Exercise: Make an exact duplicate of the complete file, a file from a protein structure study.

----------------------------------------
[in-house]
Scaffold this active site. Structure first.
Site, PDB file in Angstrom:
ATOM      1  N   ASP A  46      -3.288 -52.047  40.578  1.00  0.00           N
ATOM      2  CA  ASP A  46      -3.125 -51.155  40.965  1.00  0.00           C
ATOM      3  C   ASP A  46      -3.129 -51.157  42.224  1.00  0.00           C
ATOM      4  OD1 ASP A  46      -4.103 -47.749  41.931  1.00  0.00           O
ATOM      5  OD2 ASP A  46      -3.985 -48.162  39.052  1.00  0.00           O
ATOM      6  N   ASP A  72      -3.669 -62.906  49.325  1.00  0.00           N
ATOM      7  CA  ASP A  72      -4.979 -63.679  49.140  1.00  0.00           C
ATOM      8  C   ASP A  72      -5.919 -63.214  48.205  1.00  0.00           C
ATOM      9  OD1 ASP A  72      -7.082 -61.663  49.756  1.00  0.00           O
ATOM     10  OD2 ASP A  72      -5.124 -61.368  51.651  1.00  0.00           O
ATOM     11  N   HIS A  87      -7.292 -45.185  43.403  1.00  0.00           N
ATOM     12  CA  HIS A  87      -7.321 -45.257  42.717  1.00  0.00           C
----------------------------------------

[in-house]
Scaffold this active site. Structure first.
Site, PDB file in Angstrom:
ATOM      1  N   ASP A  46      -3.288 -52.047  40.578  1.00  0.00           N
ATOM      2  CA  ASP A  46      -3.125 -51.155  40.965  1.00  0.00           C
ATOM      3  C   ASP A  46      -3.129 -51.157  42.224  1.00  0.00           C
ATOM      4  OD1 ASP A  46      -4.103 -47.749  41.931  1.00  0.00           O
ATOM      5  OD2 ASP A  46      -3.985 -48.162  39.052  1.00  0.00           O
ATOM      6  N   ASP A  72      -3.669 -62.906  49.325  1.00  0.00           N
ATOM      7  CA  ASP A  72      -4.979 -63.679  49.140  1.00  0.00           C
ATOM      8  C   ASP A  72      -5.919 -63.214  48.205  1.00  0.00           C
ATOM      9  OD1 ASP A  72      -7.082 -61.663  49.756  1.00  0.00           O
ATOM     10  OD2 ASP A  72      -5.124 -61.368  51.651  1.00  0.00           O
ATOM     11  N   HIS A  87      -7.292 -45.185  43.403  1.00  0.00           N
ATOM     12  CA  HIS A  87      -7.321 -45.257  42.717  1.00  0.00           C